A structure is considered to be in equilibrium if, initially at rest, it remains at rest when subjected to a system of forces and couples. If a structure is in equilibrium, then all its members and parts are also in equilibrium.
In order for a structure to be in equilibrium, all the forces and couples (including support reactions) acting on it must balance each other, and there must neither be a resultant force nor a resultant couple acting on the structure. Recall from statics that for a space (three-dimensional) structure subjected to three-dimensional systems of forces and couples (Fig. 3.1), the conditions of zero resultant force and zero resultant couple can be expressed in a Cartesian (xyz) coordinate system as
These six equations are called the equations of equilibrium of space structures and are the necessary and su‰cient conditions for equilibrium. The first three equations ensure that there is no resultant force acting on the structure, and the last three equations express the fact that there is no resultant couple acting on the structure. For a plane structure lying in the xy plane and subjected to a coplanar system of forces and couples (Fig. 3.2), the necessary and su‰- cient conditions for equilibrium can be expressed as
These three equations are referred to as the equations of equilibrium of plane structures. The first two of the three equilibrium equations express, respectively, that the algebraic sums of the x components and y components of all the forces are zero, thereby indicating that the resultant force acting on the structure i
s zero. The third equation indicates that the algebraic sum of the moments of all the forces about any point in the plane of the structure and the moments of any couples acting on the structure is zero, thereby indicating that the resultant couple acting on the structure is zero. All the equilibrium equations must be satisfied simultaneously for the structure to be in equilibrium. It should be realized that if a structure (e.g., an aerospace vehicle) initially in motion is subjected to forces that satisfy the equilibrium equations, it will maintain its motion with a constant velocity, since the forces cannot accelerate it. Such structures may also be considered to be in equilibrium. However, the term equilibrium is commonly used to refer to the state of rest of structures and is used in this context herein.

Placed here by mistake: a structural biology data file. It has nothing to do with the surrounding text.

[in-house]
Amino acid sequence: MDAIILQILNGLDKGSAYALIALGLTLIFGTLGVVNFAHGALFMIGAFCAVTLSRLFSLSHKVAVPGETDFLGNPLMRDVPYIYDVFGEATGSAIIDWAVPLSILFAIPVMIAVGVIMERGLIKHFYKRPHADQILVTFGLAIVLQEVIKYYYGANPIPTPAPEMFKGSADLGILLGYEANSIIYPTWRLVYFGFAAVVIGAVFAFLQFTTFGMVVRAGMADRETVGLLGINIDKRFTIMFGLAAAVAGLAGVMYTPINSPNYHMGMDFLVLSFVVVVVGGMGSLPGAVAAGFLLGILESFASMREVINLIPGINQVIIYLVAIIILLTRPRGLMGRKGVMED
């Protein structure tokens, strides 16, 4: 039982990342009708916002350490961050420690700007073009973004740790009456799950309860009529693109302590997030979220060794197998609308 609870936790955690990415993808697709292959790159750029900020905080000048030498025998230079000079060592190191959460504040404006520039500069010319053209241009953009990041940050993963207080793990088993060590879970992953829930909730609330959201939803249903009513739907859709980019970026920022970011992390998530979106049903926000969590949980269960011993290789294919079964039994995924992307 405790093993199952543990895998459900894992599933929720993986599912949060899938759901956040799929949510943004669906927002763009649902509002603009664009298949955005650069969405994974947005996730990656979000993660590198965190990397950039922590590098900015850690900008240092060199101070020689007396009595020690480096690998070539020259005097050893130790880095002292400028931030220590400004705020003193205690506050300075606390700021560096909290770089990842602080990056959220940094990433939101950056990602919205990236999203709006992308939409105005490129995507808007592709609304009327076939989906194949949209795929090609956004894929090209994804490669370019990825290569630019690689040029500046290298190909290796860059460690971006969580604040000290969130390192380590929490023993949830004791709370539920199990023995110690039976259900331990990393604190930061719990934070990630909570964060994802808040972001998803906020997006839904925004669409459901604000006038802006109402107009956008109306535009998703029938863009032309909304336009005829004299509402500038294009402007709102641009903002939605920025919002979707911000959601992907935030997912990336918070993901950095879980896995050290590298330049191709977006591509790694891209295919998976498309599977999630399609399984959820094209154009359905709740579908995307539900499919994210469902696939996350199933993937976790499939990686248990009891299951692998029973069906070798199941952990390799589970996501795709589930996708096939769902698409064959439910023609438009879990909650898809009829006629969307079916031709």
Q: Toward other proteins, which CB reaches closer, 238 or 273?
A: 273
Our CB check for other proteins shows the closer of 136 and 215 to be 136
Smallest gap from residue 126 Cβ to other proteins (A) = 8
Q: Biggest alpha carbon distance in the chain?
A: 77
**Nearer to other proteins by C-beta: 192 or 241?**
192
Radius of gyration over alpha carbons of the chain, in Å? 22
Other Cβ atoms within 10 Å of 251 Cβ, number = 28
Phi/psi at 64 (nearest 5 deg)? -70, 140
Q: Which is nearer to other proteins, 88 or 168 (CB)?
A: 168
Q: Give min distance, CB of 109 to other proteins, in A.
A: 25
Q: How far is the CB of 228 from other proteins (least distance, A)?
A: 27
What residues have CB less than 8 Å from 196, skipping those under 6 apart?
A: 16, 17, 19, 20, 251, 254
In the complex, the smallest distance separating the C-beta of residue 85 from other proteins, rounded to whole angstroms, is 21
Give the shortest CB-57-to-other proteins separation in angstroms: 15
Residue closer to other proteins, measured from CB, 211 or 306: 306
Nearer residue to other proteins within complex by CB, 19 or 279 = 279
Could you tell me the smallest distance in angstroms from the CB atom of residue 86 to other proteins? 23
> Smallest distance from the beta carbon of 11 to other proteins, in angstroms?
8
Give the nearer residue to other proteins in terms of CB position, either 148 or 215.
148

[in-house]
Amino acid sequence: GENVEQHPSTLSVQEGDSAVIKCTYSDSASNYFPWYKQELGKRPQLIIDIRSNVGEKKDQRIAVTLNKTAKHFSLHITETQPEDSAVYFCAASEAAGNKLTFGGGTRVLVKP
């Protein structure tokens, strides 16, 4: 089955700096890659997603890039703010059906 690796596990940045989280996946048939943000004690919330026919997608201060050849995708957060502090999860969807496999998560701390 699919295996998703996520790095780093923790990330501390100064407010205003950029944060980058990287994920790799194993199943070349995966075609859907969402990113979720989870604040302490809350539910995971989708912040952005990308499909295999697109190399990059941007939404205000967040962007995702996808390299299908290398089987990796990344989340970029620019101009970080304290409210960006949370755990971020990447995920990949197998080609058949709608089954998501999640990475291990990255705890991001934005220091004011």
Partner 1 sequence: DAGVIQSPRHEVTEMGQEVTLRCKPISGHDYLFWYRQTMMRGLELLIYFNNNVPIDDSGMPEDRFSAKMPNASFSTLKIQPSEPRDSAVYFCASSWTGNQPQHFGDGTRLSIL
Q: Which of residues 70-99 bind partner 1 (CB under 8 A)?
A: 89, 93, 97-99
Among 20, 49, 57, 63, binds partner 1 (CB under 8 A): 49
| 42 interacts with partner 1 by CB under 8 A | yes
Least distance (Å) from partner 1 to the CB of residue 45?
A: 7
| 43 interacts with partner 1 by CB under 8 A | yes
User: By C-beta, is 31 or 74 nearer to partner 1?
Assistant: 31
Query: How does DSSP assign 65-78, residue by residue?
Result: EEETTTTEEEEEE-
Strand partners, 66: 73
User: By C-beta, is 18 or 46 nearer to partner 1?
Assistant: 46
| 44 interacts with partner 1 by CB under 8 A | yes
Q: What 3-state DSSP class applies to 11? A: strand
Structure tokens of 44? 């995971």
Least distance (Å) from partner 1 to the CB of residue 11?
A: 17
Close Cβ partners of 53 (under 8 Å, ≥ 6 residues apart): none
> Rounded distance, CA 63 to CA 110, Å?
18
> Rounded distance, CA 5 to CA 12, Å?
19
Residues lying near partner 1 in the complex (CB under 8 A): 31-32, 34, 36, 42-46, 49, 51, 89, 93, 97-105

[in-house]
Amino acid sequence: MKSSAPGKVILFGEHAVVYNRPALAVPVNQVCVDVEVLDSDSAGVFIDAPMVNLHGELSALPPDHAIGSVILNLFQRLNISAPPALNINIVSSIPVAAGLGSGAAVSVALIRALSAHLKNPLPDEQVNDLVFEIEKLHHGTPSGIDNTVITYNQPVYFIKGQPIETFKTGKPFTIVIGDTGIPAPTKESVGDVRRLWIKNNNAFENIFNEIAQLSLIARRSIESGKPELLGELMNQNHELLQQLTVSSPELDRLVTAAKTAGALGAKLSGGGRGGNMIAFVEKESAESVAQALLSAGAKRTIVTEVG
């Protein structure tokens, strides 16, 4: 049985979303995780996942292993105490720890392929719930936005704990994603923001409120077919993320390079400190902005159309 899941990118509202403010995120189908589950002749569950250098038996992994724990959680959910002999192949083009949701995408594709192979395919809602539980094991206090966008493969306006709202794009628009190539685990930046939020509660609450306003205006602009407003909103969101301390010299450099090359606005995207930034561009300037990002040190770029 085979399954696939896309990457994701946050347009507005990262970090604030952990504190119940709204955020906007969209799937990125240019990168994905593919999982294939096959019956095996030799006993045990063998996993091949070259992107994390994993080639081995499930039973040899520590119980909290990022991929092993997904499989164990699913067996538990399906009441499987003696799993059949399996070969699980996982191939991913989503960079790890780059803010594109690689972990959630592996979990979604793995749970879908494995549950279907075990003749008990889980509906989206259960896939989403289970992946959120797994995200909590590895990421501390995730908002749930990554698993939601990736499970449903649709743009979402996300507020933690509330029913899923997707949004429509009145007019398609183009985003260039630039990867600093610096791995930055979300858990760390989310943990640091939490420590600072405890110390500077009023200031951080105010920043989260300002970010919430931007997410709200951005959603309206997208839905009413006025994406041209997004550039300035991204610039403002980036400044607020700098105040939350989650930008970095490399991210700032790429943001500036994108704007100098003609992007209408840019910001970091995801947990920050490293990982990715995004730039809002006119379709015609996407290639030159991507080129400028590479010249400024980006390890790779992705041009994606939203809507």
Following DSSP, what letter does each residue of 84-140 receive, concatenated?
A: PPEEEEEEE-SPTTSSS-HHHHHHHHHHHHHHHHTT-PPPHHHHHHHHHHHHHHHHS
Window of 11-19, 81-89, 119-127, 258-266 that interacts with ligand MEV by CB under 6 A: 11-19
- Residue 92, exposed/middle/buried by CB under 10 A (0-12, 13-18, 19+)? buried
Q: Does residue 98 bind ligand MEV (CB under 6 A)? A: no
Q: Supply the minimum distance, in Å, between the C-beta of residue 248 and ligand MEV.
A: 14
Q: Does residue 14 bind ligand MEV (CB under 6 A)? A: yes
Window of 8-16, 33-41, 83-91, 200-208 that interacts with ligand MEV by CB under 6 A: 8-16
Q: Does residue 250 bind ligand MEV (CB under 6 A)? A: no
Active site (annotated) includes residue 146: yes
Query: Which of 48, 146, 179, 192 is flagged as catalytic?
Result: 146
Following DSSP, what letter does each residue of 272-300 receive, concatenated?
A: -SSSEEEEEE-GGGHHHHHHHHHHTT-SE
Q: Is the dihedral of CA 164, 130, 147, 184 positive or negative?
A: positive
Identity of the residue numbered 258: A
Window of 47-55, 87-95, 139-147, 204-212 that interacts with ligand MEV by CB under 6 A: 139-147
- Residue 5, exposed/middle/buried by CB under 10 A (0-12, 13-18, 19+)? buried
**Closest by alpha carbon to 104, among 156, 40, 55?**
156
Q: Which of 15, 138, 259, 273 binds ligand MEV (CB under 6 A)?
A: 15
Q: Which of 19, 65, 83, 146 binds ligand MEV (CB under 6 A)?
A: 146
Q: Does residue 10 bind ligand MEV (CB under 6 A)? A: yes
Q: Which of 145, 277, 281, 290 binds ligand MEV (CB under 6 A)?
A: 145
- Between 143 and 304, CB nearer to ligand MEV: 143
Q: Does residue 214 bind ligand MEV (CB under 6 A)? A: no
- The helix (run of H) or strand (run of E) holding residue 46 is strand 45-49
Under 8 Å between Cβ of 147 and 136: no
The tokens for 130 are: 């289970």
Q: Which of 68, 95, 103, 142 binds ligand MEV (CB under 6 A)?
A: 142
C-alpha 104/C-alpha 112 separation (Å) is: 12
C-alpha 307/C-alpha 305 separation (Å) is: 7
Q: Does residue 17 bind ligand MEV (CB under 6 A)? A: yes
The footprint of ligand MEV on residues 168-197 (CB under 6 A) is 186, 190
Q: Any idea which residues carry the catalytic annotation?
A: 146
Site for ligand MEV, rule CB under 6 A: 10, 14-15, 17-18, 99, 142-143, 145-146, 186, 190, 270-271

Alternative Forms of Equations of Equilibrium of Plane Structures
Although the equilibrium equations as expressed in Eq. (3.2) provide the most convenient means of analyzing a majority of plane structures, the analysis of some structures can be expedited by employing one of the following two alternative forms of the equations of equilibrium:
in which A; B, and C are any points in the plane of the structure, provided that these three points do not lie on the same straight line.
Concurrent Force Systems
When a structure is in equilibrium under the action of a concurrent force system—that is, the lines of action of all the forces intersect at a single point—the moment equilibrium equations are automatically satisfied, and only the force equilibrium equations need to be considered.
Therefore, for a space structure subjected to a concurrent threedimensional
force system, the equations of equilibrium are
Two-Force and Three-Force Structures
Throughout this text, we will encounter several structures and structural members that will be in equilibrium under the action of only two, or three, forces. The analysis of such structures and of structures composed of such members can be considerably expedited by recalling from statics the following characteristics of such systems:
1. If a structure is in equilibrium under the action of only two forces, the forces must be equal, opposite, and collinear.
2. If a structure is in equilibrium under the action of only three forces, the forces must be either concurrent or parallel.